5. Add the trusted account name you created in Step 6. For example, add domain\ManageImpersonation, and then click OK.

    6. On the Success page, copy the name of the parent farm's database server and the configuration database name to use when you configure the other farm to consume shared services.

  12. On the SharePoint farm where the Impersonation Web site is located, the SSP administrator must do the following:

    1. Open the Manage Shared Services between Farms page, and then click This farm will consume shared services from another farm.

    2. Type the values from Step 11.f into the Database Server and Database Name fields and set the authentication values. If Microsoft Office SharePoint Server is installed, Excel Services must remain associated with the local SSP. Click OK.

    3. On the Change Association between Web Applications and SSPs page, select the SSP you want to use for applications on the farm. You can leave existing applications associated with the local (default) SSP.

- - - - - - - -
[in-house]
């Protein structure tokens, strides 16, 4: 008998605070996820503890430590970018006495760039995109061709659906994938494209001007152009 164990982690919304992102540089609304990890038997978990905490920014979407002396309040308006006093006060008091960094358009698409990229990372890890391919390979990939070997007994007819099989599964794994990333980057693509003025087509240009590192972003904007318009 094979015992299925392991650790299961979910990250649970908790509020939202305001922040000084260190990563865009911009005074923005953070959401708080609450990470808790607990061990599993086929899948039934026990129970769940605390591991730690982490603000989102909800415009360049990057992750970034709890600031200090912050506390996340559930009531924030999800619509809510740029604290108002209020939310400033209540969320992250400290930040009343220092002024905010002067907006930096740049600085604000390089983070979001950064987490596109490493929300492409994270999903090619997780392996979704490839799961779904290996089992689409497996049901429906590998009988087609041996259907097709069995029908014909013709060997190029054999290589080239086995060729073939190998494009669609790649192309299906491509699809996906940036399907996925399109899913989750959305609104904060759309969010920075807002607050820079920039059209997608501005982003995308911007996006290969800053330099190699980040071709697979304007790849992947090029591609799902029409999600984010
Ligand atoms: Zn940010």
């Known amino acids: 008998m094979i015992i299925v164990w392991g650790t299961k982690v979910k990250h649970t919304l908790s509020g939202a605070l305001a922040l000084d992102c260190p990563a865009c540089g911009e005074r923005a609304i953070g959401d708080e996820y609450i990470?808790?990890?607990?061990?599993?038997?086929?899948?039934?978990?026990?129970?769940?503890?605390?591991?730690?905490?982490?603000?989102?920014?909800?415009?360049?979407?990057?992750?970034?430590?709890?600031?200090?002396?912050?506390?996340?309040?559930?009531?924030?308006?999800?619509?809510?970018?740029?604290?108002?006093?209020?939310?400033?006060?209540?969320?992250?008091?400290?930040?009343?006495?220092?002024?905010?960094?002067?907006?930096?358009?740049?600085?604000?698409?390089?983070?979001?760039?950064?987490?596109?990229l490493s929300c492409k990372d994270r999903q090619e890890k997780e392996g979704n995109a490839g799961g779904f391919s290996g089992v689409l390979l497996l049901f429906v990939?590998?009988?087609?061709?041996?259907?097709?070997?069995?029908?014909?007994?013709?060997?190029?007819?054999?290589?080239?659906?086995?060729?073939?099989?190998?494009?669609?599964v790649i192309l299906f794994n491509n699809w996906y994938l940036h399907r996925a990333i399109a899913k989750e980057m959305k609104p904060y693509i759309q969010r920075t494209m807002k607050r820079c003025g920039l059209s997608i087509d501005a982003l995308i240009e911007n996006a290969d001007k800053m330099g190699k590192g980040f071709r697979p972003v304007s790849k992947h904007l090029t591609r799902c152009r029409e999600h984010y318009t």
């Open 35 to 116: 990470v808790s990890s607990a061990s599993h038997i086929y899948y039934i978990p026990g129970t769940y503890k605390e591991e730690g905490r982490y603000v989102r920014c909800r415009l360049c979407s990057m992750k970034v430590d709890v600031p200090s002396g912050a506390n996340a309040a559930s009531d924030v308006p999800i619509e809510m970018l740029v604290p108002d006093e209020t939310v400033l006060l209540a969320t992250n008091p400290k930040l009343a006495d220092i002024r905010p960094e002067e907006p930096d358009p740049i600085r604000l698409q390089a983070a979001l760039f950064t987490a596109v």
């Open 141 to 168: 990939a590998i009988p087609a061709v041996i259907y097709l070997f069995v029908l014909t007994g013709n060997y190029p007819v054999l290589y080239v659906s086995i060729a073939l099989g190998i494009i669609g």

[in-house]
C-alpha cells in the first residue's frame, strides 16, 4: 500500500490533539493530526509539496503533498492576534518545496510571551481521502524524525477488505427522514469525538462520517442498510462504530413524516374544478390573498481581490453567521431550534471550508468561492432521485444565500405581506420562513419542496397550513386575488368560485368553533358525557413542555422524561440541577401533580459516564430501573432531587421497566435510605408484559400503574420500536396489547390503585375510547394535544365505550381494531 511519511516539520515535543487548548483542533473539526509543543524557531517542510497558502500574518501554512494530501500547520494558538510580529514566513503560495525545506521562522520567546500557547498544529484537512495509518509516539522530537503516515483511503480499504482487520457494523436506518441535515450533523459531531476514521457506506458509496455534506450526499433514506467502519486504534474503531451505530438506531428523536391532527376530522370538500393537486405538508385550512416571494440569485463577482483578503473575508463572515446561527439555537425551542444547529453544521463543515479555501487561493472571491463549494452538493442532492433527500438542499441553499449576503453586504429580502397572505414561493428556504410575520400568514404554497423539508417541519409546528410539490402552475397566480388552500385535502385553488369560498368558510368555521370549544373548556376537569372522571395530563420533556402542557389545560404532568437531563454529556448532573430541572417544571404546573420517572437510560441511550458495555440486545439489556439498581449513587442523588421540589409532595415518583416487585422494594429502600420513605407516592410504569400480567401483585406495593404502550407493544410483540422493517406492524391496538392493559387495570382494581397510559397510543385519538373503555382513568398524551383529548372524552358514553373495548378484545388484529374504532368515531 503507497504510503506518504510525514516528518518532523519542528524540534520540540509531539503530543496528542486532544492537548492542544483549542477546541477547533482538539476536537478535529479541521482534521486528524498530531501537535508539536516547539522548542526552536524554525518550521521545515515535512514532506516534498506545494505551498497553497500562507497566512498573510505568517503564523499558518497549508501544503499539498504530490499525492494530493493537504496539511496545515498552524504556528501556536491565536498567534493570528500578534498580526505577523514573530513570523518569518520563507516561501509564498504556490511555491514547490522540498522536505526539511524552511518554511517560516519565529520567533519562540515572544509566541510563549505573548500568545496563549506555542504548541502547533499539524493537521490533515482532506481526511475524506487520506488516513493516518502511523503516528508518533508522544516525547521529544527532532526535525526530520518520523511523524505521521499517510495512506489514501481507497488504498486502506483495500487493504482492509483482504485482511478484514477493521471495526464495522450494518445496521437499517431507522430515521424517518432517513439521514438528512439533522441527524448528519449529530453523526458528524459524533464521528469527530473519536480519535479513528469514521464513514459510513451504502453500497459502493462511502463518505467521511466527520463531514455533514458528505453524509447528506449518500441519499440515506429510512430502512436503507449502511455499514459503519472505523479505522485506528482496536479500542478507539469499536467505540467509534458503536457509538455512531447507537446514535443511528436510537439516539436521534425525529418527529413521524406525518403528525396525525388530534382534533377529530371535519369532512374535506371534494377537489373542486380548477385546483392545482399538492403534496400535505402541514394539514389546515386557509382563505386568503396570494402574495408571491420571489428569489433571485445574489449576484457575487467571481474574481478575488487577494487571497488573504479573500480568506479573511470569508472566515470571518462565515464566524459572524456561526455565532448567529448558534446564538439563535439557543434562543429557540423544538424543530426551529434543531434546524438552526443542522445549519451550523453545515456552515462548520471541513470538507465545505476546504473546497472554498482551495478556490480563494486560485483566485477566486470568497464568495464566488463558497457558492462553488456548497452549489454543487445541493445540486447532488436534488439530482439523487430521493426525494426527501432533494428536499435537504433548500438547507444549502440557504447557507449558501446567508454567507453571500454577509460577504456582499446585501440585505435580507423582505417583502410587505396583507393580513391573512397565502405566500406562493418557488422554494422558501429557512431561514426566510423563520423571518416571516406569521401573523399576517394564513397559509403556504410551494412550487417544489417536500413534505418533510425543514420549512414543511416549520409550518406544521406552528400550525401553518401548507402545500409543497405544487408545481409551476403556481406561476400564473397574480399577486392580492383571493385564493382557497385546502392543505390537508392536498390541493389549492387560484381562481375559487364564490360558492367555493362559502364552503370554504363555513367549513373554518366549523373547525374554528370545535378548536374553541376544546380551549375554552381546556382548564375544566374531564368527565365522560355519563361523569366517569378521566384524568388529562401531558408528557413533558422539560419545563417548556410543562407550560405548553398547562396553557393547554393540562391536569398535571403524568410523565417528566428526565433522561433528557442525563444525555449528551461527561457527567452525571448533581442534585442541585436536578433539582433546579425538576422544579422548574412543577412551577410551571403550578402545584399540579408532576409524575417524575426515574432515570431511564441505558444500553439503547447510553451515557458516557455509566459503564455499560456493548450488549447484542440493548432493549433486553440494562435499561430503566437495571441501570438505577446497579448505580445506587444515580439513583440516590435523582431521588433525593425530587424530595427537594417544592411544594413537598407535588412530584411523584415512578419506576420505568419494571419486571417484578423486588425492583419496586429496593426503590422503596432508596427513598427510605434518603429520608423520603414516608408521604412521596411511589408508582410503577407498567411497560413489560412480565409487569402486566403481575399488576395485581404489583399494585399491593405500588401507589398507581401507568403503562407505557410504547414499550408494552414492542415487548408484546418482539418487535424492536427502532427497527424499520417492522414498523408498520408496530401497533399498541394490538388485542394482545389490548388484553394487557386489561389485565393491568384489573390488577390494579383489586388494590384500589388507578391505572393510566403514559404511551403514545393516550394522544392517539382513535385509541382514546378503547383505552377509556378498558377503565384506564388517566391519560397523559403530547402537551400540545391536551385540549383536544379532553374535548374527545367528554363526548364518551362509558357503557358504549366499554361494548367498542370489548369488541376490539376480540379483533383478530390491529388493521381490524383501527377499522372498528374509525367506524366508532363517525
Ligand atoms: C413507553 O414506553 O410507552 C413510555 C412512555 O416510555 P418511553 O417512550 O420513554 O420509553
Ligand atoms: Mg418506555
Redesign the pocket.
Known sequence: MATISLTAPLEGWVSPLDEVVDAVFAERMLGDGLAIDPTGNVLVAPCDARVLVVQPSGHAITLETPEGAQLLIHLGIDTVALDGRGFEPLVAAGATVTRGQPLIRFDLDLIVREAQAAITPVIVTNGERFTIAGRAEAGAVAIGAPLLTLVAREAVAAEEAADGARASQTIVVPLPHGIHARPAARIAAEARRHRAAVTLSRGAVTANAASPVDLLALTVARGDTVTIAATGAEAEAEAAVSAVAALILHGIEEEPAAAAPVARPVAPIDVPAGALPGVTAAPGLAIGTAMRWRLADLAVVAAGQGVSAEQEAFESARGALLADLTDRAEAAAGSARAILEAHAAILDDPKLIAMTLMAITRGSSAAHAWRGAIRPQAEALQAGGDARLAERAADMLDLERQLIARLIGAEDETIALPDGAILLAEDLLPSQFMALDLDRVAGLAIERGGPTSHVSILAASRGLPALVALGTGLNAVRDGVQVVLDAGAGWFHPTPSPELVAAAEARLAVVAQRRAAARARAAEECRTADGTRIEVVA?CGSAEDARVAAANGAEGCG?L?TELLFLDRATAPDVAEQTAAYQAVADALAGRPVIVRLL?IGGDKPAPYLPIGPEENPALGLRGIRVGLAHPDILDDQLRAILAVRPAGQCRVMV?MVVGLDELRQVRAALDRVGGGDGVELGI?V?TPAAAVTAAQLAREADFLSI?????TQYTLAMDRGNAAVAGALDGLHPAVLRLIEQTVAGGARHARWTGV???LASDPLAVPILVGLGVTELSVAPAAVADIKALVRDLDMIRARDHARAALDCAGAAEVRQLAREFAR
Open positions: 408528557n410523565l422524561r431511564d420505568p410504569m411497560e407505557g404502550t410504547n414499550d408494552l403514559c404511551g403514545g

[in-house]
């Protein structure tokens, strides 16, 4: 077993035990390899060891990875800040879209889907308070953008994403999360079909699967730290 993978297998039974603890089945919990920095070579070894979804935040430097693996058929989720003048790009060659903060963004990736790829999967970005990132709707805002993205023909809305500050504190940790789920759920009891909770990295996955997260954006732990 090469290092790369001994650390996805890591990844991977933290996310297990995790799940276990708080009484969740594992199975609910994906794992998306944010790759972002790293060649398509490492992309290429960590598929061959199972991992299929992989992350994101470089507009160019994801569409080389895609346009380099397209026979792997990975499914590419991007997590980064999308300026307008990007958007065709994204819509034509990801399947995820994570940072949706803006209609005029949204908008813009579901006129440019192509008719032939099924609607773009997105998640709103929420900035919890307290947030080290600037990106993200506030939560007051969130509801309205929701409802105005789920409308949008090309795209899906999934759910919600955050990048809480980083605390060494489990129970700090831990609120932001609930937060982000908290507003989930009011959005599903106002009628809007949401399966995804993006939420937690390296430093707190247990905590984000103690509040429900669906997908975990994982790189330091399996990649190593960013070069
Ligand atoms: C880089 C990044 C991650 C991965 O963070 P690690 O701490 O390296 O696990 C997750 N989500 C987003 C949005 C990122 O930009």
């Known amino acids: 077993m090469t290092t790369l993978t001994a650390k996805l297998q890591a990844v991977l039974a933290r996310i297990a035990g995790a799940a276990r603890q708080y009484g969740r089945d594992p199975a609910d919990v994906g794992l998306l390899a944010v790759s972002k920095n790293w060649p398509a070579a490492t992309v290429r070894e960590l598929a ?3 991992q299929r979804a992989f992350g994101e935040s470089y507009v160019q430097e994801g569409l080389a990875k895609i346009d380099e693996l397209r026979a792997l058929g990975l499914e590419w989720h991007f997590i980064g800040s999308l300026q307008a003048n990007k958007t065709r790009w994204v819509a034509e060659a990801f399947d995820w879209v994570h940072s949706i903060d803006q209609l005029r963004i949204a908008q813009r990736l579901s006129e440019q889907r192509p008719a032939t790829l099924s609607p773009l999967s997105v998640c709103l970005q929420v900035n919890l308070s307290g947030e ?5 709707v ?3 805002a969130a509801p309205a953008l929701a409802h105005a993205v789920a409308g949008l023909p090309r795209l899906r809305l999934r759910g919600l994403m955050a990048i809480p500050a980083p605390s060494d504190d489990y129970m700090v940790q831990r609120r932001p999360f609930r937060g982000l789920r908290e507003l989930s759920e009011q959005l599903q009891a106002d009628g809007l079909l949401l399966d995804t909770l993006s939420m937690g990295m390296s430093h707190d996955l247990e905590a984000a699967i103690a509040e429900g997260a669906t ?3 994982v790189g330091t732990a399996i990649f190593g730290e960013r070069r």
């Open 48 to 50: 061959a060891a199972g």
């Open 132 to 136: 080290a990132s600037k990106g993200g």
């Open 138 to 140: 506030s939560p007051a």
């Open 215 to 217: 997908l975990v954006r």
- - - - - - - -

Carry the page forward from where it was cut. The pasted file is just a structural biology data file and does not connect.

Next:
Account Security and 401 Errors

The sample Web application is designed to run where the Impersonation Web site application pool identity is the same user account for configuring Project Web Access. If you modify the sample application for the alternate procedure (Procedure 1a) to share access to the Web application across SSPs or with another Windows SharePoint Services farm, the account you use for the application pool identity should be a unique account. No one else should be able to use the account for shared access; otherwise, the Web application would not be secure because other users could have full access to Project Server through applications that use the direct PSI Web services.